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  • Amazon reported record profits in 2018, earning $10.1 billion in net income compared to just $3 billion in 2017.

  • Considering the company hardly had any annual profit until 2016, this represents major growth.

  • Whether that's gap earnings, operating income, free cash flow, this company hit an inflection point at the beginning of 2018.

  • It's one of the reasons that the stock materially outperformed the market.

  • Traditionally, Amazon has funneled most of its money straight back into the company itself, leading to meager earnings compared to other tech giants like Apple or Google.

  • But in spite of this strategy, Amazon has been making enough lately that there's still money left after all of its expenses on inventory, fulfillment centers and people.

  • Amazon still doesn't have the types of profits that other big tech companies do, say a Google or an Apple or a Microsoft.

  • But significantly more than they ever have in the past and it really allows them to do much more experimentation with the core business.

  • So what's changed?

  • Though Amazon has long dominated the U.S. e-commerce market, online sales are not actually the biggest moneymaker for the company.

  • Its e-commerce division isn't even profitable internationally.

  • Instead, Amazon Web Services, or AWS, has generated the majority of the company's operating income since 2016.

  • AWS is Amazon's cloud computing division, comprised of a huge network of servers providing processing and storage solutions for companies, government agencies and individuals.

  • What that did for Amazon is it turned Amazon into a technology company as well as being an e-commerce and retailer.

  • Its clients, which include Netflix, Airbnb and Yelp, are charged for their volume of usage, the features they subscribe to, and the services they use.

  • AWS really started to grow about four or five years ago and became a significant force in computing.

  • Amazon Web Services continues to get bigger as a percentage of overall revenue and it's a highly profitable business by Amazon's standards.

  • But by most corporate standards, it's doing something like 30 percent operating margins.

  • In 2018, AWS brought in 7.3 billion dollars in operating income and 25.7 billion dollars in revenue which, for reference, is more than both McDonald's and Macy's.

  • In this last quarter, AWS was 58 percent of total operating profit for Amazon.

  • So it's still clearly the profit driver for the overall company.

  • In fact in 2017, AWS was actually more than 100 percent of Amazon's operating profit.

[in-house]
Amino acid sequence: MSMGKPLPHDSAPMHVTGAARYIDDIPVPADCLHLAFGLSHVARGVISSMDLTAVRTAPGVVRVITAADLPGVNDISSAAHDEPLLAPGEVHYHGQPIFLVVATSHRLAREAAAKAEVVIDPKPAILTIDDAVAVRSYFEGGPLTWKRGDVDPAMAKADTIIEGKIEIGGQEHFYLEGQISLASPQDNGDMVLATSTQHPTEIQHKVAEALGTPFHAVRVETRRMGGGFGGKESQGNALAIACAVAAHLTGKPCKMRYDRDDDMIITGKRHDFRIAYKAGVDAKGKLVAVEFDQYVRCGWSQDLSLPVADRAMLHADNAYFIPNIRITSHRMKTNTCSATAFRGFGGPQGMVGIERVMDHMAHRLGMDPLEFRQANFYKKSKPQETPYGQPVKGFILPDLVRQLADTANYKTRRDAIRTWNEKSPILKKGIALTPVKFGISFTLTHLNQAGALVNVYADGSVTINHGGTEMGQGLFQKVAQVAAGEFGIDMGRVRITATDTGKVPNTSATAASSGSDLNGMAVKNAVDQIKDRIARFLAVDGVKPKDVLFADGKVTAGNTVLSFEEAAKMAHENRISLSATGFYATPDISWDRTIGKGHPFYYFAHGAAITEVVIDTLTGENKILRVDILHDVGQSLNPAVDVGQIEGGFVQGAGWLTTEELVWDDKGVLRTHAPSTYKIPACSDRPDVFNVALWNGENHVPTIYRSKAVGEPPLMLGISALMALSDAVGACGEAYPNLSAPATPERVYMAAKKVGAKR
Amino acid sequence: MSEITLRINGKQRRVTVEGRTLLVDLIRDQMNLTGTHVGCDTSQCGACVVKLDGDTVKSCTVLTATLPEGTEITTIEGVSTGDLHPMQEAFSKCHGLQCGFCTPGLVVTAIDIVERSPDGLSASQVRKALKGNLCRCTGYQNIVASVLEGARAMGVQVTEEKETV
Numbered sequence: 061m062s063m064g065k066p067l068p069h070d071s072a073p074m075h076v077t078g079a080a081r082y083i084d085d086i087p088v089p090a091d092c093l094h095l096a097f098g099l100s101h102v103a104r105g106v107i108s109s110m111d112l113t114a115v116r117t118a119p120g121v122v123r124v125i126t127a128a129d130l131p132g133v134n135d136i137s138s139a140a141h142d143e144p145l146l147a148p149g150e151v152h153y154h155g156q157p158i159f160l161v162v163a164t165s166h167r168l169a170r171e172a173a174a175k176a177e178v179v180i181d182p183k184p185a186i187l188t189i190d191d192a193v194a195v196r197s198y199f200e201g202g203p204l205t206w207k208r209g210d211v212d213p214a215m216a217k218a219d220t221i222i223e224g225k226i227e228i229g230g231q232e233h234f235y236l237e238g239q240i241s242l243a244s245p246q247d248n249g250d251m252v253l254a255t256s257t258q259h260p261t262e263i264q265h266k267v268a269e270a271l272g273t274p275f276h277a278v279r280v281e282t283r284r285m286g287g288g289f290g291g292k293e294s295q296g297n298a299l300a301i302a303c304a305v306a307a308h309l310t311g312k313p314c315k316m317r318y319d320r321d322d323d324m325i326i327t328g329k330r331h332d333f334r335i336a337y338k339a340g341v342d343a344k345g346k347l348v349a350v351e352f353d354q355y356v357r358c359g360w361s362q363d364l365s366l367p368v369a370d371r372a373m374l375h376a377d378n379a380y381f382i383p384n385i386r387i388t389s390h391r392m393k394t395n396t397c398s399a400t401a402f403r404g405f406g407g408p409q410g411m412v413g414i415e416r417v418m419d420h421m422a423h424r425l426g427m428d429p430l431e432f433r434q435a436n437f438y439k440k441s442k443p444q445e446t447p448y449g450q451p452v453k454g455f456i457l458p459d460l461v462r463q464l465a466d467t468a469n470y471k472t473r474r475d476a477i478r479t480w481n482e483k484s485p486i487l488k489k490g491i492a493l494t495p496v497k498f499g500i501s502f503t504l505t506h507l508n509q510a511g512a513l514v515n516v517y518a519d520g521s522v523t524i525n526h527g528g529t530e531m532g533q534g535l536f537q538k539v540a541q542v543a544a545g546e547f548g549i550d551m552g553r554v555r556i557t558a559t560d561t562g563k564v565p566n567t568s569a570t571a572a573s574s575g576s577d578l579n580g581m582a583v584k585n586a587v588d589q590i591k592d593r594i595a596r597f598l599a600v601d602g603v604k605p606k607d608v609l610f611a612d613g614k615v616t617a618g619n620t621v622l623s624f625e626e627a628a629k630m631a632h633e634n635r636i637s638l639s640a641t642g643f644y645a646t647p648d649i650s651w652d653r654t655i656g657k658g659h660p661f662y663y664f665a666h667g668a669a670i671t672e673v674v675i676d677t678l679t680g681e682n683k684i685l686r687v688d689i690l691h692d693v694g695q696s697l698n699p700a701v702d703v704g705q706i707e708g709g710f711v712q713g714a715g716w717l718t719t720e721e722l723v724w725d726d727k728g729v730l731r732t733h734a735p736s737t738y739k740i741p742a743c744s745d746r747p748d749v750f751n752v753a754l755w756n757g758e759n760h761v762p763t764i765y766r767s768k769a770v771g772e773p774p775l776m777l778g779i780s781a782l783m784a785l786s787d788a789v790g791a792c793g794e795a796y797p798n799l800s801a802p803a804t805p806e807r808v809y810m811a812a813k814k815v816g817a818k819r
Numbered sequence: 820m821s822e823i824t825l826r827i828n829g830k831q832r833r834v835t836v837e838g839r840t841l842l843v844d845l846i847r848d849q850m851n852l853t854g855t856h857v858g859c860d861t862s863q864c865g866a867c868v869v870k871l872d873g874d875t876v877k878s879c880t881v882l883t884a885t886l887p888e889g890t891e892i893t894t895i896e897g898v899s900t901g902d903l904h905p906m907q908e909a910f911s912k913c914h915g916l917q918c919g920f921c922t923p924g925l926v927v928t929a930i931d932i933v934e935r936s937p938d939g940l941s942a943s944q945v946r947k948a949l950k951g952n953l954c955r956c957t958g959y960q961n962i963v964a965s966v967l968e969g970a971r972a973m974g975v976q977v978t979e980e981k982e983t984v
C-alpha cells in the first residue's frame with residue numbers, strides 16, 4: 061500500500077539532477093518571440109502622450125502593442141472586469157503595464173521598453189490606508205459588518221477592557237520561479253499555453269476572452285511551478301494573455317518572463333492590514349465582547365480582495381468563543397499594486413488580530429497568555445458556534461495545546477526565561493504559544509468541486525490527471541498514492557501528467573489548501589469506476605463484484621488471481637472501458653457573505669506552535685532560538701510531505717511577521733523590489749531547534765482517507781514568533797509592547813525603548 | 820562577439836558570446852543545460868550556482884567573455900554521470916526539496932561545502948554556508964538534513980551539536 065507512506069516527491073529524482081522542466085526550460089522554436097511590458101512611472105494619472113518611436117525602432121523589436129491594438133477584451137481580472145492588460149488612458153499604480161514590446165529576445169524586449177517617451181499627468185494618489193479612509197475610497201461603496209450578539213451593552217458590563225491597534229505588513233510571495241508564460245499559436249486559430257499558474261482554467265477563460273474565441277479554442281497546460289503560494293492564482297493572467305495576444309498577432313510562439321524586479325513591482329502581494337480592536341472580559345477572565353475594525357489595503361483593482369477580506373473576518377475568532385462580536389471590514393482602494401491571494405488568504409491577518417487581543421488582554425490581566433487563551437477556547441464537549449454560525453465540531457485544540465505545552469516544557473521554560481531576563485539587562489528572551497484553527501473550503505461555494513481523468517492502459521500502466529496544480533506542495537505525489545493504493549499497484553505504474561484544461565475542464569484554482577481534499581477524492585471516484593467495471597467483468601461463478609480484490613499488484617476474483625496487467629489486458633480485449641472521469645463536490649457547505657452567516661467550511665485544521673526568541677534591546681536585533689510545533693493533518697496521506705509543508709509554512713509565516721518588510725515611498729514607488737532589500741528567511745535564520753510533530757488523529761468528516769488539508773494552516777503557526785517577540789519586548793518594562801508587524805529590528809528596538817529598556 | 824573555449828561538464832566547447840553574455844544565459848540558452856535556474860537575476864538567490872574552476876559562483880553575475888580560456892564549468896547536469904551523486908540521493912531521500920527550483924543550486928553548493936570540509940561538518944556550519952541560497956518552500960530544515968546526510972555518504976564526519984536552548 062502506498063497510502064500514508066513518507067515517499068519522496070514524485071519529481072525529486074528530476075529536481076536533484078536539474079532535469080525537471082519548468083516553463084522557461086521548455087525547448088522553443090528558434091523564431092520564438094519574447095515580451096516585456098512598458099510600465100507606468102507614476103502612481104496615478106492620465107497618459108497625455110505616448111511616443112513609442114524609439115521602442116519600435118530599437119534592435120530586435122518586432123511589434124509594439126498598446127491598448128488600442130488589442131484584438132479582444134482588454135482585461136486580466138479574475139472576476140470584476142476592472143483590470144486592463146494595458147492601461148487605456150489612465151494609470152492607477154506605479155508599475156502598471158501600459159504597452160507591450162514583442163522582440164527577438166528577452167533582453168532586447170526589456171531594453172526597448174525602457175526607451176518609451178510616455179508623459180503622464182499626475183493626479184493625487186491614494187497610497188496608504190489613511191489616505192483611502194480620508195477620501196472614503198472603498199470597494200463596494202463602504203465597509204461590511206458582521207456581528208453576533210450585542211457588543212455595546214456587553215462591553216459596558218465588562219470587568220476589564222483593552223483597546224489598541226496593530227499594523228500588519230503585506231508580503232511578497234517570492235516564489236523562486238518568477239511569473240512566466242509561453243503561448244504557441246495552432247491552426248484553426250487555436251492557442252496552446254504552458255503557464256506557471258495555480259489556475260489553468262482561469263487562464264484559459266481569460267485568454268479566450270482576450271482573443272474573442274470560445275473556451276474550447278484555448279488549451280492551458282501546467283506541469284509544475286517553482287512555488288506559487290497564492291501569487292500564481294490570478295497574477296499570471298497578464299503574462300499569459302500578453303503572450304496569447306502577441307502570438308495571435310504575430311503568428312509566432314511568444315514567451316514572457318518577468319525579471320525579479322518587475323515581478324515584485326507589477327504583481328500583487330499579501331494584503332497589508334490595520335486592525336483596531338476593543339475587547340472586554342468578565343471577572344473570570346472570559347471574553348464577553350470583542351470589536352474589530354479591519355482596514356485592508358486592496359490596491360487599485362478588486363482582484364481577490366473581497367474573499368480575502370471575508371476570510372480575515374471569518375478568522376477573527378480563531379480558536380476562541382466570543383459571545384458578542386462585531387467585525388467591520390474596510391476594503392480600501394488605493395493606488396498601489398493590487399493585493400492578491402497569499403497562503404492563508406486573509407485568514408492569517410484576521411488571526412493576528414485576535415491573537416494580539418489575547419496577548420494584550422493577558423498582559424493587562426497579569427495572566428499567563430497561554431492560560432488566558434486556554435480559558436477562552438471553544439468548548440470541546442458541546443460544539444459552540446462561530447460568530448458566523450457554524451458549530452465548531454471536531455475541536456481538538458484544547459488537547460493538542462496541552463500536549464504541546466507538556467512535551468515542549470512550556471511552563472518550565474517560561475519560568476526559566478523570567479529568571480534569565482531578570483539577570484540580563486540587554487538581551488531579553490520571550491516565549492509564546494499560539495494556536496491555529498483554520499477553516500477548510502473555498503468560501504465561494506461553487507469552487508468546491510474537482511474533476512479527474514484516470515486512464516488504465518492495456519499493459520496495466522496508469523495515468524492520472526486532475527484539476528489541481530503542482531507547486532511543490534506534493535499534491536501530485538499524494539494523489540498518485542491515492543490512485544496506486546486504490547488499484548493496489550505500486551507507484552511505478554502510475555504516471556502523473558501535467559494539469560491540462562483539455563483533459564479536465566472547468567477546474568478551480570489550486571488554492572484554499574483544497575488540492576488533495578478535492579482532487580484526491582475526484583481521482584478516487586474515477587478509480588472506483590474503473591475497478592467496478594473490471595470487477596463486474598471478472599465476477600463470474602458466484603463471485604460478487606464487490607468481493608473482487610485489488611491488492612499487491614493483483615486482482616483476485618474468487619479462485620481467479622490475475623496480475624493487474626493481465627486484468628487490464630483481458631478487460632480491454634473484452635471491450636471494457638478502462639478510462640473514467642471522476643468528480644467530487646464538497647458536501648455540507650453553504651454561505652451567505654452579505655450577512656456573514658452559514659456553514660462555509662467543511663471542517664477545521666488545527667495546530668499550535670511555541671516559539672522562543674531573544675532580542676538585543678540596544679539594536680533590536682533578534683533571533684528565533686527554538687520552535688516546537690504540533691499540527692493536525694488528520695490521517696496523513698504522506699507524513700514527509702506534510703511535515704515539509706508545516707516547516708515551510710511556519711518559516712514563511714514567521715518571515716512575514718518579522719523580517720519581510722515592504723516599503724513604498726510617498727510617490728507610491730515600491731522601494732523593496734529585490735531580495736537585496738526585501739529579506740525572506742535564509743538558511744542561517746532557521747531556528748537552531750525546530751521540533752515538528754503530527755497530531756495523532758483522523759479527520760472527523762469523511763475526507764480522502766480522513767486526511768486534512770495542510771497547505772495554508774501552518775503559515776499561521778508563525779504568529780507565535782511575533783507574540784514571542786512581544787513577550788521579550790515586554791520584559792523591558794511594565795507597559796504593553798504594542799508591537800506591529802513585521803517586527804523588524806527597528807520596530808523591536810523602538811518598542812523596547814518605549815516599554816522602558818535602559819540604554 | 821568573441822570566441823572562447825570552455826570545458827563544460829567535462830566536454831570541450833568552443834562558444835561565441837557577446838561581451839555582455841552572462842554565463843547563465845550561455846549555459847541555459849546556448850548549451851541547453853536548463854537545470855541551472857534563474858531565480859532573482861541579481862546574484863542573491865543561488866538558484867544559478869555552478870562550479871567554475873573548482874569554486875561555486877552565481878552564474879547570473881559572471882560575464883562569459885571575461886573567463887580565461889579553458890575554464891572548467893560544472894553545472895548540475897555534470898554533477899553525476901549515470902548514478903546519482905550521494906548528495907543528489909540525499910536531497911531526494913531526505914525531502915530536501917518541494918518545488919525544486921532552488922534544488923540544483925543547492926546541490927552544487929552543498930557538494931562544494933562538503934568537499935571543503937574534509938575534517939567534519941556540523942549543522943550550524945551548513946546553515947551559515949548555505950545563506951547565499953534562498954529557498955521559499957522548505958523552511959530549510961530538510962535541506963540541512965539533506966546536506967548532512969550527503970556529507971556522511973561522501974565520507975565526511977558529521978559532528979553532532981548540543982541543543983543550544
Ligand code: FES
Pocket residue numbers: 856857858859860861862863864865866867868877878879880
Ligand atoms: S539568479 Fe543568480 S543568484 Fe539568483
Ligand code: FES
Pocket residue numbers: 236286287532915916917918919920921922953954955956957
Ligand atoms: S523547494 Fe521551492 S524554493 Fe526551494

• So without AWS, Amazon would not have been making any money.

  • But though it's a huge reason behind Amazon's recent profitability, other areas of the company are seeing major growth as well.

  • The fastest growing division of Amazon is its other category, comprised mainly of its advertising business.

  • It grew 95 percent in the fourth quarter of 2018 and brought in $10.1 billion in revenue for the year overall.

  • As Amazon has become the center of commerce for a lot of businesses, it's becoming a huge advertising play as well.

  • They don't break out the profits of this, but looking at comps like Facebook and Google, it's almost certainly also in that 30 percent operating margin range.

  • If advertising continues to grow at this rate, some analysts even predict it will be more profitable than AWS by 2021.

  • The last segment experiencing major growth is the third-party marketplace.

  • While Amazon traditionally buys products in bulk from wholesalers and sells them at a slight markup, in the third-party marketplace outside companies pay Amazon to sell their goods using its platform.

  • Amazon takes about a 15 to 20 percent cut of the sales, while also collecting fees for things like storage and shipping.

  • While Amazon generates significantly less revenue from third-party merchants than from products it sells, margins are much higher, making it more profitable than the traditional model.

  • If you assume even a small 5 percent margin, you're talking about potentially two billion dollars in profit just from third-party contributing to overall Amazon.

  • Today, more than half of all goods sold come from third-party sellers, and more and more businesses are signing up.

  • Sales of third-party seller services rose 34 percent in 2018 to 42.7 billion dollars.

  • You really have to be on Amazon, unless you are going to go it alone.

  • Amazon is the only place where you can instantly get scale without having to do all of the marketing yourself.

  • Amazon smart speakers also have analysts excited.

  • The last thing I find really interesting is Alexa.

  • So you now have an installed base of over 100 million of these voice-activated devices.

  • Over time, you'll find yourself increasingly turning to Alexa, and say "Alexa, order more coffee."

  • And it's one of those things that will accelerate the move of Amazon into two places, the pantry and into the refrigerator.

  • The boom in all these categories, from Alexa to cloud computing, advertising and third-party seller divisions, raises the question of how the company should be valued.

  • At the size of the company now, well over 200 billion dollars in annual revenue, it's just really hard to grow at 20 plus percent.

  • So that means these investors who have expected high growth repeatedly every quarter are now looking at a company with slowing growth but lots of profitability.

  • There's clearly some consternation in the investor community as to how to value Amazon today.

Amazon reported record profits in 2018, earning $10.1 billion in net income compared to just $3 billion in 2017.

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    Fibby posted on 2019/12/11
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